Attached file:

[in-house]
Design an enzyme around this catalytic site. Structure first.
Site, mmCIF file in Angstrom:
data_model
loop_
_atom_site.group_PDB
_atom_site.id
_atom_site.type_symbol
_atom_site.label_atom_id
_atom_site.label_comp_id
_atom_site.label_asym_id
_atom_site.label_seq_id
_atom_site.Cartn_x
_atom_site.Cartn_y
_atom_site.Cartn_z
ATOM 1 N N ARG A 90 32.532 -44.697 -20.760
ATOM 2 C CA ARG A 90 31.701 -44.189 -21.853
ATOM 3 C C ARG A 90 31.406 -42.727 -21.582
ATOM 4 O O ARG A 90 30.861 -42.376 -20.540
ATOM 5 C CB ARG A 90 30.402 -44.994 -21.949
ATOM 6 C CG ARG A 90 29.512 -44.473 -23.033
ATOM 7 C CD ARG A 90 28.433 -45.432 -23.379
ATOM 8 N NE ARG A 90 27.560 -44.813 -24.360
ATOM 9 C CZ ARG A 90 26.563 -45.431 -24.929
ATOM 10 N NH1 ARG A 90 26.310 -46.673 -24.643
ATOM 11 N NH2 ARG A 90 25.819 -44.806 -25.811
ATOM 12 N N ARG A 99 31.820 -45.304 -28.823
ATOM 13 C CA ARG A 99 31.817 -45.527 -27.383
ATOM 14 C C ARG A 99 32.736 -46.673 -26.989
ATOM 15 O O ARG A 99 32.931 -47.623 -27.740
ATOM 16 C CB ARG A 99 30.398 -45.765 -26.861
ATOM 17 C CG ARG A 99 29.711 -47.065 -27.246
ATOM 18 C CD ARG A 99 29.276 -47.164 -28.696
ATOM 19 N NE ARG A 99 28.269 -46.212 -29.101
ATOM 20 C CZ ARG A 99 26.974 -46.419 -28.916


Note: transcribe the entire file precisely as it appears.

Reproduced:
[in-house]
Design an enzyme around this catalytic site. Structure first.
Site, mmCIF file in Angstrom:
data_model
loop_
_atom_site.group_PDB
_atom_site.id
_atom_site.type_symbol
_atom_site.label_atom_id
_atom_site.label_comp_id
_atom_site.label_asym_id
_atom_site.label_seq_id
_atom_site.Cartn_x
_atom_site.Cartn_y
_atom_site.Cartn_z
ATOM 1 N N ARG A 90 32.532 -44.697 -20.760
ATOM 2 C CA ARG A 90 31.701 -44.189 -21.853
ATOM 3 C C ARG A 90 31.406 -42.727 -21.582
ATOM 4 O O ARG A 90 30.861 -42.376 -20.540
ATOM 5 C CB ARG A 90 30.402 -44.994 -21.949
ATOM 6 C CG ARG A 90 29.512 -44.473 -23.033
ATOM 7 C CD ARG A 90 28.433 -45.432 -23.379
ATOM 8 N NE ARG A 90 27.560 -44.813 -24.360
ATOM 9 C CZ ARG A 90 26.563 -45.431 -24.929
ATOM 10 N NH1 ARG A 90 26.310 -46.673 -24.643
ATOM 11 N NH2 ARG A 90 25.819 -44.806 -25.811
ATOM 12 N N ARG A 99 31.820 -45.304 -28.823
ATOM 13 C CA ARG A 99 31.817 -45.527 -27.383
ATOM 14 C C ARG A 99 32.736 -46.673 -26.989
ATOM 15 O O ARG A 99 32.931 -47.623 -27.740
ATOM 16 C CB ARG A 99 30.398 -45.765 -26.861
ATOM 17 C CG ARG A 99 29.711 -47.065 -27.246
ATOM 18 C CD ARG A 99 29.276 -47.164 -28.696
ATOM 19 N NE ARG A 99 28.269 -46.212 -29.101
ATOM 20 C CZ ARG A 99 26.974 -46.419 -28.916